Could you give us a brief overview of the data you recently presented at the ESMO 2017 Congress (8–12th September, Madrid, Spain) exploring the efficacy and safety of ABP 980 compared with trastuzumab in patients with HER2 positive-early breast cancer?
Phase 3 data on our biosimilar trastuzumab candidate, ABP 980, was presented for the first time during a poster discussion at the ESMO 2017 Congress.
The study evaluated the efficacy and safety of ABP 980, a trastuzumab biosimilar, compared with the originator product in patients with human epidermal growth factor receptor 2-positive (HER2-positive) early breast cancer, including neoadjuvant and adjuvant use.
What were the primary endpoints of this study?
Our Phase 3 study is a study in a sensitive and curative population with the surrogate marker of pathologic complete response as the primary endpoint. Importantly, the study includes neoadjuvant and adjuvant use, which gives all study participants the full labeled treatment of 1 year. It is also the only study we are aware of that included a blinded switch between the originator product and ABP 980.
The results ruled out inferiority compared to trastuzumab but could not rule out superiority based on its primary-efficacy endpoint of the difference of the percentage of patients with a pathologic complete response.
The primary endpoint had a prespecified equivalence margin of +/- 13%and the observed upper end of the confidence interval was 13.4%.
What is the potential clinical significance of these findings?
We believe that the results from this Phase 3 study support biosimilarity with regards to safety, efficacy and immunogenicity between ABP 980 and trastuzumab, with no clinically meaningful differences.
Biosimilars are approved based on the analytical, nonclinical and clinical data and we are confident that the evidence we’ve generated supports ABP 980 as highly similar to the reference product.
Were there any significant differences in the safety profiles of ABP 980 and the originator product?
Frequency, type and severity of adverse events were generally similar between ABP 980 and trastuzumab. No new safety signals compared to the known safety profile of trastuzumab were detected.
Would you like to find out more about biosimilars?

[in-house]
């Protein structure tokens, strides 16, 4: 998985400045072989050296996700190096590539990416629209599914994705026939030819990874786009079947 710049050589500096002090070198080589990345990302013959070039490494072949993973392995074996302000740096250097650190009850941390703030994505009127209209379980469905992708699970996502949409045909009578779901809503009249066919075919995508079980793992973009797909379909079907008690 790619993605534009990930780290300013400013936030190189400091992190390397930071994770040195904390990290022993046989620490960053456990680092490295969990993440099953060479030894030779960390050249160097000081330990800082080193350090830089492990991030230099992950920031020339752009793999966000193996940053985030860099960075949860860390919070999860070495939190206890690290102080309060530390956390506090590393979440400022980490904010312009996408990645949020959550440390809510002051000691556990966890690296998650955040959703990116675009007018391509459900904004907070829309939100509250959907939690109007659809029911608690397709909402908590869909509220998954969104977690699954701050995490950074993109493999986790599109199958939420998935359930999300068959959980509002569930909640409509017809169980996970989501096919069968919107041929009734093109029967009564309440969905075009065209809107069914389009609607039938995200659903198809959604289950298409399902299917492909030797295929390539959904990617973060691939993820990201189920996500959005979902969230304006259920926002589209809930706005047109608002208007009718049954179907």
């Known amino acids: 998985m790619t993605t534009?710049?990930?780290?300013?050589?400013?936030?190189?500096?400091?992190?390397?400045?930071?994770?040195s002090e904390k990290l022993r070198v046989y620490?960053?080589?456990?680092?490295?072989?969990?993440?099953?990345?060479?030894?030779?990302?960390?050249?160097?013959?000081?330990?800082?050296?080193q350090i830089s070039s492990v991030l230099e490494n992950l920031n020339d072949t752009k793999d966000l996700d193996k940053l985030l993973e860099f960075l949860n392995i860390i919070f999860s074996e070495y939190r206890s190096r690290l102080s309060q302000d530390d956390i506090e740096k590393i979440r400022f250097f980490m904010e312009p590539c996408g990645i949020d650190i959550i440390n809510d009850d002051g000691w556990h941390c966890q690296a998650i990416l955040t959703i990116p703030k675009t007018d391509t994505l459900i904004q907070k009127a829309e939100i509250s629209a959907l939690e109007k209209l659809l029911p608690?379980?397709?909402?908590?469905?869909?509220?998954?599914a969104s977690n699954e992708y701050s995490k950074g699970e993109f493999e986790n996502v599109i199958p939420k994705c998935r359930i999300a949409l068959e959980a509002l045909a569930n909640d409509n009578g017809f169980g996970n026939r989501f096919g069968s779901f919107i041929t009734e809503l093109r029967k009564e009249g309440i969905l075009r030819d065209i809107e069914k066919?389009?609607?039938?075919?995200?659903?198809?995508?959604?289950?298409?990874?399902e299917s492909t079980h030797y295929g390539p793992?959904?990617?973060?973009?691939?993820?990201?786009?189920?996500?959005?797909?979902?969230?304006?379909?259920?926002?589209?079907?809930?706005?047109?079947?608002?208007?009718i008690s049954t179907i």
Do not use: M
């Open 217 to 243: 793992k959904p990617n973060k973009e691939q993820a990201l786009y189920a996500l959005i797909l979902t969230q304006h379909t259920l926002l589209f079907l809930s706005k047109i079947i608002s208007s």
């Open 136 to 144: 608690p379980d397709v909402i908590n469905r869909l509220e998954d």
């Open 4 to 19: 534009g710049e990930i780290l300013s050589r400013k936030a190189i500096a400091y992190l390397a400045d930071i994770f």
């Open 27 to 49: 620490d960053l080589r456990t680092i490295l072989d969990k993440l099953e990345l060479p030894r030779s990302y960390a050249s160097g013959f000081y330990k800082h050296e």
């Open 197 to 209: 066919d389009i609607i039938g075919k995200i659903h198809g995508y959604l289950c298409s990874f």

What do you think are the biggest challenges in the widespread adoption of biosimilars and how can we overcome these?
What is important for the adoption of biosimilars as a treatment choice is that their quality is highly similar and that there is a high level of scientific understanding of the data generated for their approval. In addition to understandings of extrapolation to indications not directly studied by the biosimilar development program. I would like the physicians and patients to choose our biosimilar and not feel like they are forced by payers or policy.
To have individuals choose our biosimilars, we are working to provide scientific information so that they can understand and appreciate the efforts being put into developing and manufacturing the products such that they can be confident in their equivalent safety and efficacy. Then by choosing the biosimilar, they can provide full standard of care treatment whilst also helping the sustainability of the healthcare system and support innovation.
What do you think could be the timeframe for widespread adoption of biosimilars?
I believe it will be relatively quick as long as they do have good experiences with the options that earlier biosimilar therapeutics provide and that there is appropriate scientific education for all stakeholders to embrace their use and continue to require the biosimilar options to be high quality.
Amgen has long been interested in the concept of biosimilars and their potential role in supporting the sustainability of healthcare systems. Amgen has embarked on an ambitious biosimilars program and has invested substantial time, effort and resources.
Certainly, the recent announcement of MVASI (bevacizumab-awwb), as the first anti-cancer biosimilar approved in the United States, marks a significant milestone for healthcare practitioners and patients. We look forward to leveraging our extensive experience in biotechnology to bring more high-quality biosimilars to patients.
Do you have any closing comments?
I think it is an exciting time as we are expanding this new genre of medicine. They are not originator medicines and they are not generic medicines. However, we are now seeing therapeutic-antibody biosimilars and that means we will be able to cure patients utilizing biosimilars. Hopefully, this will also lead to an increase in access so that more patients can benefits from these medicines.
I also want to reiterate an earlier point that if this is done right, with high standards and hence confidence from patients and physicians, then this could result in more benefits for patients. At the same time the healthcare system can appreciate financial headroom to also support innovation for new medicines being developed and hopefully this will include the next cure.
Richard Markus is the Vice President for the Global Development at Amgen, Inc., where he leads research and development activities for the Biosimilar Business Unit. After joining Amgen as Clinical Development Medical Director and Medical Affairs Lead for denosumab, he served as the Global Development Leader for darbepoetin alfa in Oncology. Richard now oversees non-clinical and clinical activities across the portfolio for 10 molecules in multiple therapeutic areas and indications of use.
Richard received his BSc degree from the University of California, Los Angeles (CA, USA). He earned his MD/PhD from the University of Southern California (CA, USA) and stayed there to complete his medical training before going into industry to lead clinical research.